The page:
At the same time, an ultra-religious minority has become the base of the Hamafdal (National Religious Party in Hebrew). The party’s adherents do not work or do military service; instead they dedicate themselves to studying the Torah. They have succeeded in getting the state and governments to pay them a minimum wage. The Hamafdal used its electoral and parliamentary weight to negotiate its support for the formation of Netanyahu’s government in exchange for maintaining these benefits.

A change in the model of capitalist accumulation

For several decades, this imperialist enclave’s economy was developed, driven, and controlled directly by the State. Foreign “aid” was important, including what was sent by US imperialism for military purposes, and what was supplied by the international Zionist movement based on contributions from Jews living in other countries (especially in the US). Food was partially supplied by kibbutz (collective farms linked to the State), and public services, such as the supply of energy and drinking water, were guaranteed by state companies. The administration of these companies was in the hands of the Histadrut, the “trade union center” of Israeli Jewish workers, which was linked the party of the “Zionist left” Mapai, from which emerged the main “founding” cadres of Israel including its first president Ben Gurion.

The Israeli arms industry developed in this context, and while at first it only supplied the Israeli army, it later began to export abroad. In the 21st century, Israel ranked among the ten largest arms exporters in the world [6]. Initially, it manufactured small arms and ammunition, but then gradually began building combat vehicles and small aircraft. Eventually, it became increasingly specialized in the development of technology for military purposes and in the development of security and surveillance software and systems.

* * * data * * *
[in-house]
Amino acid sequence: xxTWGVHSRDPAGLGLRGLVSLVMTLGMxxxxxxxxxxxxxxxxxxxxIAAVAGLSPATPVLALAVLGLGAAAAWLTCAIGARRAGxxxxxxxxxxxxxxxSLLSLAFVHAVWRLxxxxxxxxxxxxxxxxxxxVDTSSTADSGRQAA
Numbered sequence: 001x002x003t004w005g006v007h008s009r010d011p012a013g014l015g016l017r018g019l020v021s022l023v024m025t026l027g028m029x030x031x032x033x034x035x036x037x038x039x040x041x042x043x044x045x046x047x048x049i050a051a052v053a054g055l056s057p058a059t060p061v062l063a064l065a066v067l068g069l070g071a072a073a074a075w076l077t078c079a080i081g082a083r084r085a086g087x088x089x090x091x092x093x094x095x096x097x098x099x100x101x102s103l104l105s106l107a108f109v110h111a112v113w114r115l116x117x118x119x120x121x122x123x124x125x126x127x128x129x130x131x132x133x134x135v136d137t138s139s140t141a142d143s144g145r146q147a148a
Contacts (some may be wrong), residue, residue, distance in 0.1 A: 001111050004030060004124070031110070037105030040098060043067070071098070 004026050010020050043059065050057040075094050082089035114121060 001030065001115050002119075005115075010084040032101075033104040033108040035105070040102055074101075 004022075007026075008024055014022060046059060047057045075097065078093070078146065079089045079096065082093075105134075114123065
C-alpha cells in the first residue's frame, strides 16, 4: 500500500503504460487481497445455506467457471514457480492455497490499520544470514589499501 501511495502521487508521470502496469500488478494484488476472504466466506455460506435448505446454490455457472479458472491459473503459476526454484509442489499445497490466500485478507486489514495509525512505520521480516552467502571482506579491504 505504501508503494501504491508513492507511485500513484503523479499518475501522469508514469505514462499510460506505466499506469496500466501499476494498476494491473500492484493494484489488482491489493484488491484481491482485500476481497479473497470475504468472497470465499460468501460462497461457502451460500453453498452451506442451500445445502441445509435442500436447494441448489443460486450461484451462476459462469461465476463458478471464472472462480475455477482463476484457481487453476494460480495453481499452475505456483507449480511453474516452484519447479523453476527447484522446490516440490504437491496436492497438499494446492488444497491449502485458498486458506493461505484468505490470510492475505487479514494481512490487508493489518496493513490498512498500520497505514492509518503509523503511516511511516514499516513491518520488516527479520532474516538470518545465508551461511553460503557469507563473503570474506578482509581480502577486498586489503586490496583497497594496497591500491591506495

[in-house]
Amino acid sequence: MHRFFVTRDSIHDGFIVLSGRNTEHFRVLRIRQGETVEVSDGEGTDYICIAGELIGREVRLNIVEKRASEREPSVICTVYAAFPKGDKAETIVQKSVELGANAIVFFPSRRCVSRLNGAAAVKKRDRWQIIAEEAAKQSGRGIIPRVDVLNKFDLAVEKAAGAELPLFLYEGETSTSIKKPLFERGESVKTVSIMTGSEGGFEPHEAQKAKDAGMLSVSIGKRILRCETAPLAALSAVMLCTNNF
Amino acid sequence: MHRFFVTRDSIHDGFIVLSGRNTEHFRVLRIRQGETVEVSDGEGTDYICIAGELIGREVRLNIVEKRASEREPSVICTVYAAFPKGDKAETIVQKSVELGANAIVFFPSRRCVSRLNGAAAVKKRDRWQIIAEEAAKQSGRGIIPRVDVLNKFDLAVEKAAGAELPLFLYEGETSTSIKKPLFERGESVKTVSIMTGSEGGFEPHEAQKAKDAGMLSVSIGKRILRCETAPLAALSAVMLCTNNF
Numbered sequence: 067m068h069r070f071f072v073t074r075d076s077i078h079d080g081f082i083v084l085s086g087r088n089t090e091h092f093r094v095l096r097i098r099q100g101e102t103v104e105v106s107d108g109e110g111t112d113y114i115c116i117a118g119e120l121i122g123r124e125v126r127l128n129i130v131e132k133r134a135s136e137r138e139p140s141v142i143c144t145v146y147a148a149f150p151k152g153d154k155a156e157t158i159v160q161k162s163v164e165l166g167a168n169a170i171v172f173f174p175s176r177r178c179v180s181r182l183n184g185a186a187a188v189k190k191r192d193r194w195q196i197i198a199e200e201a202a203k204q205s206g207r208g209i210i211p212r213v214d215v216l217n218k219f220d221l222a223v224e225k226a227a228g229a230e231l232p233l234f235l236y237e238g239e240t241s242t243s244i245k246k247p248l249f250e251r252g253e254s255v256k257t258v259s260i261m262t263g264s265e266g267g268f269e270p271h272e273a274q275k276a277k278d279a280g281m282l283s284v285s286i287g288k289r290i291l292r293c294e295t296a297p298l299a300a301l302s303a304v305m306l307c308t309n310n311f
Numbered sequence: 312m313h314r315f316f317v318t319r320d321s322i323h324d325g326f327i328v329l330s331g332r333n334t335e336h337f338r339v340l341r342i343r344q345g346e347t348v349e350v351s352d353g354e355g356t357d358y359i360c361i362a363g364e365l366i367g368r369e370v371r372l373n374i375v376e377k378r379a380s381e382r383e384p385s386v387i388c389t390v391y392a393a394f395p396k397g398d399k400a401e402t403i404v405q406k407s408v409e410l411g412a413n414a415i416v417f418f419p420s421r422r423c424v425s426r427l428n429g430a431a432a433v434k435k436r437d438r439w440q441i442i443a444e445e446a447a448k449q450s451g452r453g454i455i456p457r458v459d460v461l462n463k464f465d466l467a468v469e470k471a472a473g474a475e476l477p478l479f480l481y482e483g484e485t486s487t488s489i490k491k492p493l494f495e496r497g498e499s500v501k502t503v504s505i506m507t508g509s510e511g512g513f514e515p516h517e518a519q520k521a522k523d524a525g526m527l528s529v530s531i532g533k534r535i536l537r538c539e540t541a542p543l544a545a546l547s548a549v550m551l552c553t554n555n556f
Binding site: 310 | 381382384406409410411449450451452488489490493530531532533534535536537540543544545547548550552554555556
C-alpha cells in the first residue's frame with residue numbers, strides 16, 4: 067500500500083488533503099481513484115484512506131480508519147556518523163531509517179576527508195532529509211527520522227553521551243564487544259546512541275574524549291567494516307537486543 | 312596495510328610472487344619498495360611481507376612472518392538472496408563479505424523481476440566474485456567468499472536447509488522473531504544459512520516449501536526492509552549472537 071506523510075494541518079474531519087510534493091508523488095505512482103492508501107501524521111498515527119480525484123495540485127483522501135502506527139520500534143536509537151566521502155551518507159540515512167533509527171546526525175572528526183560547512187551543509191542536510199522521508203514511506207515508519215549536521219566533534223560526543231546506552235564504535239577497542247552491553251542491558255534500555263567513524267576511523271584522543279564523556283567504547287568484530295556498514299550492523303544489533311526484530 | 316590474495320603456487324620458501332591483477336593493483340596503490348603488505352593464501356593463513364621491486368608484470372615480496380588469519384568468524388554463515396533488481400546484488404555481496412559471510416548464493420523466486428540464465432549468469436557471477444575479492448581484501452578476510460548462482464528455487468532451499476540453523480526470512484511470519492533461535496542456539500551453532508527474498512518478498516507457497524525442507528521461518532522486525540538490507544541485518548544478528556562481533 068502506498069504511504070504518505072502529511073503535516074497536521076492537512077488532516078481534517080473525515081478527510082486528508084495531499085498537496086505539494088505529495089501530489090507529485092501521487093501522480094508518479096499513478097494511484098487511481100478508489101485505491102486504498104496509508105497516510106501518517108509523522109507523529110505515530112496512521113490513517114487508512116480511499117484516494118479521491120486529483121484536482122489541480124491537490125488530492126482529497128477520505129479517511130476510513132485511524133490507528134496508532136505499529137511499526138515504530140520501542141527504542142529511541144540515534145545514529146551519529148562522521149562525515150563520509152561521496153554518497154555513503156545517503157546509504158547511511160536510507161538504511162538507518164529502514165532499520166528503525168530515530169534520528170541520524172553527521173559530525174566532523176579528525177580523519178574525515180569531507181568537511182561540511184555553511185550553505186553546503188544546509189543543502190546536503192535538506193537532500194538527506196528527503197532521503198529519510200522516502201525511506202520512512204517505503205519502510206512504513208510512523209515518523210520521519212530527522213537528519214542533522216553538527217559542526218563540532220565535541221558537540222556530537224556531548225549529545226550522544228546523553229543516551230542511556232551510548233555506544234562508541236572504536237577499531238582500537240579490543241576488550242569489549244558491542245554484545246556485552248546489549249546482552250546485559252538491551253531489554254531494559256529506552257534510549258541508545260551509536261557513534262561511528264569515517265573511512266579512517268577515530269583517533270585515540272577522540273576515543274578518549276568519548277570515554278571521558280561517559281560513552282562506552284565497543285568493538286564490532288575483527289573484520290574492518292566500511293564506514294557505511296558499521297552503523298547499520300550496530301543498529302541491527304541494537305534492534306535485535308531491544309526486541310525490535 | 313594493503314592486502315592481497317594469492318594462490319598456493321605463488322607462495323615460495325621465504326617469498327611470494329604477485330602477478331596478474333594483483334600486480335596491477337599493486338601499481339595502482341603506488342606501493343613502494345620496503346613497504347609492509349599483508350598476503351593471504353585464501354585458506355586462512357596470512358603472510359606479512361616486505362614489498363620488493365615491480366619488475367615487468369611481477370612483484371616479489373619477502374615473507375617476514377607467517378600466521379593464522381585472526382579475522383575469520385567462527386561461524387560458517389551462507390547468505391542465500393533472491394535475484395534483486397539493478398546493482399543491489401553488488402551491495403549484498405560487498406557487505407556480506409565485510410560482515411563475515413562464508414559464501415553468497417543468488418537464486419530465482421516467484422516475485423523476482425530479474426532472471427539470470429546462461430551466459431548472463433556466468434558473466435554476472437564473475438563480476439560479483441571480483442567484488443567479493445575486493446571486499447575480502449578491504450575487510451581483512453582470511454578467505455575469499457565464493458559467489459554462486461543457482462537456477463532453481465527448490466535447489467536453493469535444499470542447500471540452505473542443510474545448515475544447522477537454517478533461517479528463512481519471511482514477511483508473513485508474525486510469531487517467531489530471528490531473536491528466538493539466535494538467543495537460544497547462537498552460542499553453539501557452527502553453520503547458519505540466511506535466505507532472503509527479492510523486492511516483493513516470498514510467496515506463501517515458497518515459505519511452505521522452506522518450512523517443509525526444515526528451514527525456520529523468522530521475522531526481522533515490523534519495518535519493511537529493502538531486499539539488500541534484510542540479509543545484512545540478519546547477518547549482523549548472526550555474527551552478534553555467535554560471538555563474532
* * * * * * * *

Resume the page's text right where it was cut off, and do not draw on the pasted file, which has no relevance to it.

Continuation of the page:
This nationalized Israeli economy began to be dismantled and privatized in the 1980s during the “neo-liberal” wave that swept the globe. Some of these state-owned companies were transformed into joint ventures and others were sold off directly [7]. New private companies began to be developed on the basis of the new “neoliberal” model, especially in the security technology and software and systems sectors. There were also new companies that emerged in other areas such as pharmaceuticals and food and beverages, although to a much lesser extent. Currently, Israeli exports exceed 150 billion dollars, or 30% of the country’s GDP [8].

A new “classic” private bourgeoisie has thus emerged. It has established links to international markets, both in exports and in investments by Israeli bourgeois abroad, and there have been investments from abroad in the Israeli private sector [9]. For example, the richest person in Israel is a woman named Miriam Adelson, who has dual US citizenship and is married to an American; she owns businesses in the gambling and casino sector [10].

This new bourgeoisie is in conflict with Netanyahu over his policy of “permanent war,” especially since Israel has become increasingly criticized and discredited. It is also perturbed by the way the BDS campaign (Boycott, Divestment and Sanctions) have affected the exports of Israeli products and possible investments by the West in Israel. The bourgeoisie would like “peace” in order to be able to further develop its business interests. It is also wary of the “legal insecurity” that the current judicial reform represents. It is no coincidence then that among those calling for and supporting the mobilizations against the reform are businessmen and economists.

A new sector of specialized and professional workers has also emerged, whose personal and economic development are linked to this new economy. An important number of workers in these fields are made up of the Azhkenazim sector and its youth, who want “peace.” They aspire to live in a “modern, developed, and democratic” Israel in the style of the European imperialist countries [11].